Reba Is Still Blazing Trails With Her Songs

With “I’m a Survivor,” her current single, Reba McEntire examines and extols the life of a woman who overcomes adversity through hard work and strength of character.

This has long been one of her favorite themes. It surfaces in such “strong women” songs as “I’m Not That Lonely Yet,” “Fancy,” “Fallin’ Out of Love,” “For My Broken Heart,” “Climb That Mountain High” and, most famously, “Is There Life Out There,” a fairly cautious lyric which the singer transformed through a music video and a movie into a plucky feminist manifesto.

While much has been made — and rightly so — of McEntire’s pioneering work in videos and films, concert staging and career management, she also deserves praise for recording songs that raise serious political and social questions.

“I Heard Her Cryin’,” from the 1986 album, What Am I Gonna Do About You, dwells on the damage parental discord can do to a young child: “I didn’t think she was old enough to know/Oh Lord, we must have hurt her so/When she begged you not to go/I heard her cryin’.”

In her 1987 collection, The Last One to Know, McEntire tackled the always sensitive subject of immigration with “Just Across the Rio Grande.” What makes the song so emotionally effective is that it unfolds through the eyes of a young Mexican father who feels separated from “paradise” by the tantalizingly narrow Texas stream. “He stares at the river and curses the future that he can’t understand/He knows [his] child would have a chance, just across the Rio Grande.” Here there is no talk of quotas, welfare rolls, crime surges or job losses — just the baring of a universally understandable human dream.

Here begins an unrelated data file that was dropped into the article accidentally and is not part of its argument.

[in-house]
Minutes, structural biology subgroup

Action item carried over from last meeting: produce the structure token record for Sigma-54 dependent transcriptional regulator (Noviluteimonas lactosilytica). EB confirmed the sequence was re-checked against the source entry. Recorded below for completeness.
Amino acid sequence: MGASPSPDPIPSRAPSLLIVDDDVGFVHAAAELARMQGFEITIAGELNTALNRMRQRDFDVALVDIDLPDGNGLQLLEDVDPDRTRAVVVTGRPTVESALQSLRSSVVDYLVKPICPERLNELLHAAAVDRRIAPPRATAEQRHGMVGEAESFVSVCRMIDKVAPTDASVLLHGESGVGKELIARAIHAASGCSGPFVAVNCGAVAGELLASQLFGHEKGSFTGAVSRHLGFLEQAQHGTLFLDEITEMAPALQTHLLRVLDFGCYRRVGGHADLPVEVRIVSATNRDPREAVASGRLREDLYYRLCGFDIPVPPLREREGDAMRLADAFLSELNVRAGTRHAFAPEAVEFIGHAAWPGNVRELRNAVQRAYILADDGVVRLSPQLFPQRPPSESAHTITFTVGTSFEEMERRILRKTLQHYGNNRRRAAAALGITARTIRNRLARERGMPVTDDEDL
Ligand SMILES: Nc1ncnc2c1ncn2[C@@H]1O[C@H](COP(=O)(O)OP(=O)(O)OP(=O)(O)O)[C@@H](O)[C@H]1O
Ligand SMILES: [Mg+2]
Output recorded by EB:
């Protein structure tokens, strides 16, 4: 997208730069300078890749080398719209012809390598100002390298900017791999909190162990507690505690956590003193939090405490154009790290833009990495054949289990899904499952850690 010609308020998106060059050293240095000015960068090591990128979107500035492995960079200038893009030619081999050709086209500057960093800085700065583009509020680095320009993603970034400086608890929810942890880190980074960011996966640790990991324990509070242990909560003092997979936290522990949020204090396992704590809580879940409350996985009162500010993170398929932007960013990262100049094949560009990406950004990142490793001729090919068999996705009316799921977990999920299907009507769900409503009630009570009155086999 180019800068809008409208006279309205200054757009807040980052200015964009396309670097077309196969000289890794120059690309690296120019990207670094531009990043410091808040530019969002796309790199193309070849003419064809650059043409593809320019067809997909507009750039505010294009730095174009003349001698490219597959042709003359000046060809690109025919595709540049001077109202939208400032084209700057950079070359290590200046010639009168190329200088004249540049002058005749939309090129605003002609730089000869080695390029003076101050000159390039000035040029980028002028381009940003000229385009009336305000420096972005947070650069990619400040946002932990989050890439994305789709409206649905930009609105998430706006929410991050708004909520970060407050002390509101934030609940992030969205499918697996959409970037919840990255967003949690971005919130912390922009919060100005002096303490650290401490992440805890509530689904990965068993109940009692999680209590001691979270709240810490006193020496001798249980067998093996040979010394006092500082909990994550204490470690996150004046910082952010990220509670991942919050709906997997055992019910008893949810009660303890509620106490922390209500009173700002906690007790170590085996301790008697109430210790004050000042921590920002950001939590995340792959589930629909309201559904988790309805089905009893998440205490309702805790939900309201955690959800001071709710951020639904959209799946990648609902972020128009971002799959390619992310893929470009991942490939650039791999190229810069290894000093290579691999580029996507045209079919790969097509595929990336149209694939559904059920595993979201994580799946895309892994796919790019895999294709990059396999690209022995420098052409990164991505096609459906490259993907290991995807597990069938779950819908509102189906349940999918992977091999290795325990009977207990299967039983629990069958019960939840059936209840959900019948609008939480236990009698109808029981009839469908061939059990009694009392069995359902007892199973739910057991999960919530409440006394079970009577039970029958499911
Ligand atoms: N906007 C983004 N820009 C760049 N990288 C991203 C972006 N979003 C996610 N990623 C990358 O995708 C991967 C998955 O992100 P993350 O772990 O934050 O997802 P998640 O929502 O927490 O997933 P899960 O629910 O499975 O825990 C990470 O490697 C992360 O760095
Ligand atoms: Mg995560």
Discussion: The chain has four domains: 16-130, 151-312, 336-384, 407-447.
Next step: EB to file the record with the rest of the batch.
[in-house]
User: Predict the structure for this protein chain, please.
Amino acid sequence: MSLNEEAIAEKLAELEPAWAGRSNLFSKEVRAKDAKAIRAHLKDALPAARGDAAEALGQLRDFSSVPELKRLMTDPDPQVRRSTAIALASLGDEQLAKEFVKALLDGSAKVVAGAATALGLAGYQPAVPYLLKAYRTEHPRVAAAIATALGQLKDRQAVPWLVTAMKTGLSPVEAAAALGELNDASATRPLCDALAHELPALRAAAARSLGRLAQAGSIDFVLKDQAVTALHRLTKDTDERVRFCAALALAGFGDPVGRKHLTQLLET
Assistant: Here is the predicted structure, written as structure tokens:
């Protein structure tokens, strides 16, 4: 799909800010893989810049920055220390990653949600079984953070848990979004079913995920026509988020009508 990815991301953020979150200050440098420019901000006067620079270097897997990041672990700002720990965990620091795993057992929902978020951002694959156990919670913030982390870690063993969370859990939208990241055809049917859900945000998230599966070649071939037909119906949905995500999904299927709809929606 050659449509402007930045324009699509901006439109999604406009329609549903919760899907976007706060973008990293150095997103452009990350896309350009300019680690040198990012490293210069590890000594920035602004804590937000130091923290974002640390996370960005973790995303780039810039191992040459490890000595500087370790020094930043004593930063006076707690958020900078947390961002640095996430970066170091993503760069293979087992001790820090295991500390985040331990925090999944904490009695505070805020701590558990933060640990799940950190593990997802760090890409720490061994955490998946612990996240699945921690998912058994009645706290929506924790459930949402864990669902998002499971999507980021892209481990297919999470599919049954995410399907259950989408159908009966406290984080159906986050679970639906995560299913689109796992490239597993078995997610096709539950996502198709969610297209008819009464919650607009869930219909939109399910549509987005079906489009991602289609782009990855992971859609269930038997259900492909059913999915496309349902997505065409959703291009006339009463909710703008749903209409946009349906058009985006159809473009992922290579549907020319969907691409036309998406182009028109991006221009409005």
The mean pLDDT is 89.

“The Stairs,” which also appears on this album, is about a woman whose drunken husband physically abuses her, leaving her with cuts and bruises to explain. “And she fell down the stairs again/But it hasn’t happened since she don’t know when/Was it in spring when she packed up the kids, or maybe in winter with his job on the skids/Oh, but just like before she’ll have to pretend that she fell down the stairs again.”

Recorded and released in 1991, shortly after her band was killed in an airplane crash, McEntire’s For My Broken Heart is her darkest and most powerful album. It contains “Bobby,” an implicit endorsement of “mercy killing” — and of accepting responsibility for it; “All Dressed Up (With Nowhere to Go),” a heartbreaking look at an old woman abandoned by her family in a nursing home; “The Greatest Man I Never Knew,” which reveals the scars inflicted on a child by her dutiful but emotionally distant father; and the aforementioned “Is There Life Out There.”

McEntire spotlighted the perils of promiscuity in “She Thinks His Name Was John,” from her 1994 album, Read My Mind. “Now each day is one day that’s left in her life/She won’t know love, have a marriage or sing lullabies/She lays all alone and cries herself to sleep/’Cause she let a stranger kill her hopes and her dreams.”

More than most country artists, McEntire has avoided songs that are frothy and ephemeral in favor of those that have something important to say. But her greatest point of departure from standard country fare is that her songs tend to look forward to a better life instead of backward to a mawkishly idealized one.

This year marks McEntire’s 25th season as a recording act. It’s time to start thinking Country Music Hall of Fame.

Edward Morris is a veteran of country music journalism. He lives in Nashville, Tennessee, and is a frequent contributor to